In 1958, 33-year-old Republican Junio Lopez was elected mayor of West Las Vegas, following 20 years of Democratic control in Old Town, in an era when municipal elections were vigorously partisan.
Since it became a municipality in 1903, the Town of Las Vegas was governed by a mayor and four trustees, and elected along with Lopez were all Republican trustees, including Ernest (Ernie) Olivas, Johnny Korte and Cleofes (Coke) Romero, Jr. Led by Lopez, the group would undertake the most ambitious transformation of Old Town since it was founded in 1835.
Trustee Olivas owned Olivas Food Market and Liquor Store on New Mexico Avenue (now the west parking area of North Public Elementary School), and would succeed Lopez as mayor.
He was the son of Jose and Pablita Olivas, who many years earlier had started the business as a small neighborhood grocery store. Ernest Olivas and his brother Luis, who would later serve on the consolidation commission, expanded the store into a large food market, liquor store and laundry, and it was a bustling business and gathering place for many years. (Ernest Olivas was 56 when he died in 1986.)
Trustee Johnny Korte owned Korte’s Furniture and Bicycle store on Bridge Street, still run by his son Bobby Korte and wife Barbara (Mares). Korte was a longtime member of the Board of Trustees of the Las Vegas Land Grant and started his business in 1942 on South Pacific Street, later establishing the store on Bridge Street in about 1955. He was 63 when he died in 1986.
Cleofes Romero Jr., known to all as Coke (koe-kee), owned the Romero Block on the east plaza, where he and his family operated Plaza Sundries for several decades.
Now Plaza Drugs, the business was known as Coke’s, and boasted a popular soda fountain behind a beautiful jade-green-and-black tiled counter still in use there. The remainder of the lower floor was rented to brothers Phillip and Gene Guerin (Guerin’s Grocery), and a smaller part to Epifanio (Epi) Escudero, a noted jeweler who maintained his shop at that location for many years, later moving his jewelry store to Douglas Avenue, next to the Serf Theater.
The Romero Block was built in 1919 by Coke’s father, Cleofes Romero Sr., and brother Secundino Romero, sons of Don Eugenio Romero, second oldest of the Romero brothers, all three of whom were mayors of Old Town. Coke’s great-grandfather was Don Miguel Romero, whom most historians consider the founder of Las Vegas. Born in 1904, Coke Romero was 69 when he died in 1973, and is the last descendant of this noted family to hold public office in Las Vegas, through the present. (Coke Romero’s brother, Joe Romero, was the longtime postmaster in West Las Vegas.)
As for Mayor Junio Lopez, in a previous column in our series about Las Vegas newspapers, we recounted his business and political career, which included owning most of the buildings on the Old Town plaza, winning the Republican nomination for Congress in 1962, his election as state senator in 1966, his run for governor in 1970, and the momentous change engendered by his weekly newspaper, the Alpha News. (See “Junio Lopez and the Alpha News,” Nuestra Historia, April 26, 2013.)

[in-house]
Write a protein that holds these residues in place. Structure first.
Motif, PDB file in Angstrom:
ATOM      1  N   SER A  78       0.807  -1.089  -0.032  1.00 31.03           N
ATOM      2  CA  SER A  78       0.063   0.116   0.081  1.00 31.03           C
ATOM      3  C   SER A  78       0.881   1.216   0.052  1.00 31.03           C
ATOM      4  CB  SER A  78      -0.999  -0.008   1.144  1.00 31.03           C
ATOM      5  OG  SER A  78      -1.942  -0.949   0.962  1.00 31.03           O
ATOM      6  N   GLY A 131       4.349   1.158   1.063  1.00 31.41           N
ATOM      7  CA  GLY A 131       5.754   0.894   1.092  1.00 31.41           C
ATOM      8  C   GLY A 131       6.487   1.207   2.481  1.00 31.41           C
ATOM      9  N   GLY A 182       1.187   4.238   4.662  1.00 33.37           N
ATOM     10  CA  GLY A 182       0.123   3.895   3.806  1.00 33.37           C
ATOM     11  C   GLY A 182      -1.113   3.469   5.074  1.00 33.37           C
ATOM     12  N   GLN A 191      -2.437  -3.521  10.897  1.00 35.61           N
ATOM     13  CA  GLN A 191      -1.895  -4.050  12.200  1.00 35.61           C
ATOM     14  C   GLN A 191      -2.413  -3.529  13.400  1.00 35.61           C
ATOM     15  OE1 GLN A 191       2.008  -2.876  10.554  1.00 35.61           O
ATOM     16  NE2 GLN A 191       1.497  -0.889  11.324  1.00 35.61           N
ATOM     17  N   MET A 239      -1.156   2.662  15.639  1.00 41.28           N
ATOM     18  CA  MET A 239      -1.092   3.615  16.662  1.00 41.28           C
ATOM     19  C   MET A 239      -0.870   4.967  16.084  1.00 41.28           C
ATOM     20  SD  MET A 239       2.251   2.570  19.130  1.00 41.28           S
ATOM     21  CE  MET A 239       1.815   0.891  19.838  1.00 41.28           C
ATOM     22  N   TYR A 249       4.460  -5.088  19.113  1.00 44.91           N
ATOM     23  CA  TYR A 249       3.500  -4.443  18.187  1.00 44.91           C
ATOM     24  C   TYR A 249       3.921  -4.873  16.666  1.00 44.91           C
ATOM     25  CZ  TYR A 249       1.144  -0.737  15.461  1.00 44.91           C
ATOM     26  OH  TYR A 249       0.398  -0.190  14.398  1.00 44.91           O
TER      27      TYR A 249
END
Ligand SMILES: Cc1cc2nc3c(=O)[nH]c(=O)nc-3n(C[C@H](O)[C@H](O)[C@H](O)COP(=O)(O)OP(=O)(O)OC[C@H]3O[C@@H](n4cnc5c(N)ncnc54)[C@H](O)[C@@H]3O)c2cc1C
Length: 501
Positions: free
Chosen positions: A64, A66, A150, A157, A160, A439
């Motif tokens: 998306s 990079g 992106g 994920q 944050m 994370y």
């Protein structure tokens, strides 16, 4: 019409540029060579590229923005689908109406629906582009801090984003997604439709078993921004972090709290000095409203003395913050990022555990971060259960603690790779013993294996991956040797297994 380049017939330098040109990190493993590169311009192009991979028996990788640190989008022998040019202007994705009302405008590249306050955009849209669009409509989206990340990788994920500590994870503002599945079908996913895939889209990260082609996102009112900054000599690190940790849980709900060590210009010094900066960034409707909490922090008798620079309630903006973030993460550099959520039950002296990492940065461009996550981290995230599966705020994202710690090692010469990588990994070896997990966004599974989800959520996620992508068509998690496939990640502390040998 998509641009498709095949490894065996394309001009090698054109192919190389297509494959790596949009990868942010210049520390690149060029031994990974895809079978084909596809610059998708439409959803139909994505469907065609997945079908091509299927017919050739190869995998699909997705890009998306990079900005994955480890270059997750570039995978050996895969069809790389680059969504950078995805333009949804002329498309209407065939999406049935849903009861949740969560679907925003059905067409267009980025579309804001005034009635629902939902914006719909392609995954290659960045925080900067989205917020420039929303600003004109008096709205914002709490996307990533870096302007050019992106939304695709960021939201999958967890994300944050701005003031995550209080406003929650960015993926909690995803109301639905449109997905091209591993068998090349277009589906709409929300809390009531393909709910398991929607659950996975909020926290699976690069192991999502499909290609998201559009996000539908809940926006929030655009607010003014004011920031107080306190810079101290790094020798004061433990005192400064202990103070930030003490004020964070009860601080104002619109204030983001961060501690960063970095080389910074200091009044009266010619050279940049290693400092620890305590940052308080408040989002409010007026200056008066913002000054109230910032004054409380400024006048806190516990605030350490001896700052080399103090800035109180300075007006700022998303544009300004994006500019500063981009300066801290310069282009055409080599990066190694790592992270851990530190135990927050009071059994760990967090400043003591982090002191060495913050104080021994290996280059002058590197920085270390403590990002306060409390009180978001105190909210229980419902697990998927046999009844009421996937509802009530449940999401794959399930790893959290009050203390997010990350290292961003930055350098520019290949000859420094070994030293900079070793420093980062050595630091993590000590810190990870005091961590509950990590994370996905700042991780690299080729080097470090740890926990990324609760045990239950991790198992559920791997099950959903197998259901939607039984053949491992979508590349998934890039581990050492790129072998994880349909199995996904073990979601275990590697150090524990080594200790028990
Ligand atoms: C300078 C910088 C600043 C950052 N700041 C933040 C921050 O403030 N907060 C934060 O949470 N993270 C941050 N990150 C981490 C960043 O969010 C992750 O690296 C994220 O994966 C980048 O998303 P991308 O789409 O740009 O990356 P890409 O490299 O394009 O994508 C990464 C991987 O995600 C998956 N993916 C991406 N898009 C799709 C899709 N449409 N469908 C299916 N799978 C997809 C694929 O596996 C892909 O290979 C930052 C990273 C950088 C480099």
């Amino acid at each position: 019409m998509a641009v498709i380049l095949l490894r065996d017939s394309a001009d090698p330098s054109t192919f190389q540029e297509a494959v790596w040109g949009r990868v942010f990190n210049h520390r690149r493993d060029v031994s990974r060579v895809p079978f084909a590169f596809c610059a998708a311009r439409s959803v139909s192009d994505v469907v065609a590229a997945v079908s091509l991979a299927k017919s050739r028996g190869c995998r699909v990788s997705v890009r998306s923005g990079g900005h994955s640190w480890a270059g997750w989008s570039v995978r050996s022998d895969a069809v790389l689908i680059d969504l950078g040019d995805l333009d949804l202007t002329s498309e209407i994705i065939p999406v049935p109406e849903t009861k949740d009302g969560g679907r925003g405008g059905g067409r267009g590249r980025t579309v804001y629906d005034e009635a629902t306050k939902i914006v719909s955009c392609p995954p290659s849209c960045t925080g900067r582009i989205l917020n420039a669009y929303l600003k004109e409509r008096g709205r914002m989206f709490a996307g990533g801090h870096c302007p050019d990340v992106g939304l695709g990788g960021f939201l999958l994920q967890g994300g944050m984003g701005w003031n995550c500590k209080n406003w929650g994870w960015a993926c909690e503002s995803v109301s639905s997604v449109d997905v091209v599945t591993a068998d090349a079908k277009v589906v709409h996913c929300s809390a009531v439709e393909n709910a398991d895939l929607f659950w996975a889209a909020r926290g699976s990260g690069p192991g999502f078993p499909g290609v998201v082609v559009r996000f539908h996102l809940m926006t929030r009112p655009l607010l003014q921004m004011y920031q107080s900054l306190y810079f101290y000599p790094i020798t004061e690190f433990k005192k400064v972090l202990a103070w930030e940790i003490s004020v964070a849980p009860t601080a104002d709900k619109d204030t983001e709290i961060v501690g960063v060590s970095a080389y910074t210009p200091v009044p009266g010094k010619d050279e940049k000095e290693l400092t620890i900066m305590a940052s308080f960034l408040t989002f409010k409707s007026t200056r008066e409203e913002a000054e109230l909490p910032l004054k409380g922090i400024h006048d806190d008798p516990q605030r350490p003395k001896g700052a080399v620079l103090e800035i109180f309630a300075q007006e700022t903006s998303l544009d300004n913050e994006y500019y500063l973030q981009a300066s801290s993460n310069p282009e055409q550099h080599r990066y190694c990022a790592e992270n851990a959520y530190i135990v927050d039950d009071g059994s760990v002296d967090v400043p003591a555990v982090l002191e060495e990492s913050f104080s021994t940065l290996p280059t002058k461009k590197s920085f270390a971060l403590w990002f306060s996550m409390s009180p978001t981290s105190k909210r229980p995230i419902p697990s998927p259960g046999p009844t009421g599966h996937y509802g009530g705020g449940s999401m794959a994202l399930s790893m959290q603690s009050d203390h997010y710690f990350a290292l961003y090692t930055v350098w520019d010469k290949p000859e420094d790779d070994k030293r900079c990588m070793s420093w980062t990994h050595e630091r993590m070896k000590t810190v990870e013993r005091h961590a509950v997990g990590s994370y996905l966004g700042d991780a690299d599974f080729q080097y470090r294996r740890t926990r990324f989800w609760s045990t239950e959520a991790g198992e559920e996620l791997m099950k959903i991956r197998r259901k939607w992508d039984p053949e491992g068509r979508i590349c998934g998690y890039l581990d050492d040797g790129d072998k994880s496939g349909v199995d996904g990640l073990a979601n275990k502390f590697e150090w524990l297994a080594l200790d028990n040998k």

Soon after his election in 1958, Mayor Lopez began in earnest to promote the most expansive capital improvement project in Old Town since the first acequias were laid out and the first Our Lady of Sorrows church was erected when Las Vegas was founded in 1835.
The energetic Lopez called meetings almost weekly, gathering his Trustees at their modest meeting room on the second floor of Town Hall, located since 1939 at the Hedgcock building at 157 Bridge St., now Tito’s Gallery.
Crammed into the two-story Town Hall were a meeting room and several offices on the second floor, and the offices of the Town clerk and judge, together with the police department and jail (three steel-mesh holding cells) on the first level. Before 1939, Town Hall was located at the Mills building at 110 Bridge St. (long owned by the Tafoya family), originally occupied by the Mills Abstract and Title Company, owned by Byron T. Mills, an attorney who for a time also owned the Plaza Hotel.
It was at Town Hall, as shown in the photograph which appears with today’s column, that Mayor Junio Lopez unveiled his plans to bring Old Town into the 20th century — imploring his Trustees and all who would listen, that it was time the west side had basic infrastructure, including paved streets and drainage, lighting, and a sewer system and utilities throughout.
So audacious and ambitious were the young mayor’s plans that even his partisan trustees were at first skeptical and less than enthusiastic.
But Junio Lopez was passionately undeterred, and within months he set in motion the transformation of West Las Vegas into an “All American City.”
Jesus L. Lopez is a native of Las Vegas and a local historian. He may be reached at 425-3730.